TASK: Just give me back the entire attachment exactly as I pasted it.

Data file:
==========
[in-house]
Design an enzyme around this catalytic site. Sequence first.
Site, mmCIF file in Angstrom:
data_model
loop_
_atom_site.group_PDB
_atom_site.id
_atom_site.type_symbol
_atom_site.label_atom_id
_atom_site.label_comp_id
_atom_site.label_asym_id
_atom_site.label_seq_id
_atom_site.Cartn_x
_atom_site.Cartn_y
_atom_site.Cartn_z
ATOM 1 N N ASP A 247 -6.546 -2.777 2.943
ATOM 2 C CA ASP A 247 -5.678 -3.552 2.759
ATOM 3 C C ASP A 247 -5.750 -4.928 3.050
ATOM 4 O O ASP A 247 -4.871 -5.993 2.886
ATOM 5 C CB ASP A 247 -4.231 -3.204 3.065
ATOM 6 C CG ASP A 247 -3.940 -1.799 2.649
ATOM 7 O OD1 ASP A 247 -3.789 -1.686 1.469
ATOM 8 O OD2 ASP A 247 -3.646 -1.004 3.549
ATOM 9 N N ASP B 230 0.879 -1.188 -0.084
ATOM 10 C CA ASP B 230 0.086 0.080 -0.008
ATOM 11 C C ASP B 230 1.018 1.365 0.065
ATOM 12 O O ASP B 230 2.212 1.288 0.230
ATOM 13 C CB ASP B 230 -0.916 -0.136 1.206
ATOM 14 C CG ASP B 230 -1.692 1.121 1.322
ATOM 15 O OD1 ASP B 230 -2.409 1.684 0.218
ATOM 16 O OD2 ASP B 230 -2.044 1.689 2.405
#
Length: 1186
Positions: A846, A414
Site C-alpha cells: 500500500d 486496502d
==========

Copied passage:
[in-house]
Design an enzyme around this catalytic site. Sequence first.
Site, mmCIF file in Angstrom:
data_model
loop_
_atom_site.group_PDB
_atom_site.id
_atom_site.type_symbol
_atom_site.label_atom_id
_atom_site.label_comp_id
_atom_site.label_asym_id
_atom_site.label_seq_id
_atom_site.Cartn_x
_atom_site.Cartn_y
_atom_site.Cartn_z
ATOM 1 N N ASP A 247 -6.546 -2.777 2.943
ATOM 2 C CA ASP A 247 -5.678 -3.552 2.759
ATOM 3 C C ASP A 247 -5.750 -4.928 3.050
ATOM 4 O O ASP A 247 -4.871 -5.993 2.886
ATOM 5 C CB ASP A 247 -4.231 -3.204 3.065
ATOM 6 C CG ASP A 247 -3.940 -1.799 2.649
ATOM 7 O OD1 ASP A 247 -3.789 -1.686 1.469
ATOM 8 O OD2 ASP A 247 -3.646 -1.004 3.549
ATOM 9 N N ASP B 230 0.879 -1.188 -0.084
ATOM 10 C CA ASP B 230 0.086 0.080 -0.008
ATOM 11 C C ASP B 230 1.018 1.365 0.065
ATOM 12 O O ASP B 230 2.212 1.288 0.230
ATOM 13 C CB ASP B 230 -0.916 -0.136 1.206
ATOM 14 C CG ASP B 230 -1.692 1.121 1.322
ATOM 15 O OD1 ASP B 230 -2.409 1.684 0.218
ATOM 16 O OD2 ASP B 230 -2.044 1.689 2.405
#
Length: 1186
Positions: A846, A414
Site C-alpha cells: 500500500d 486496502d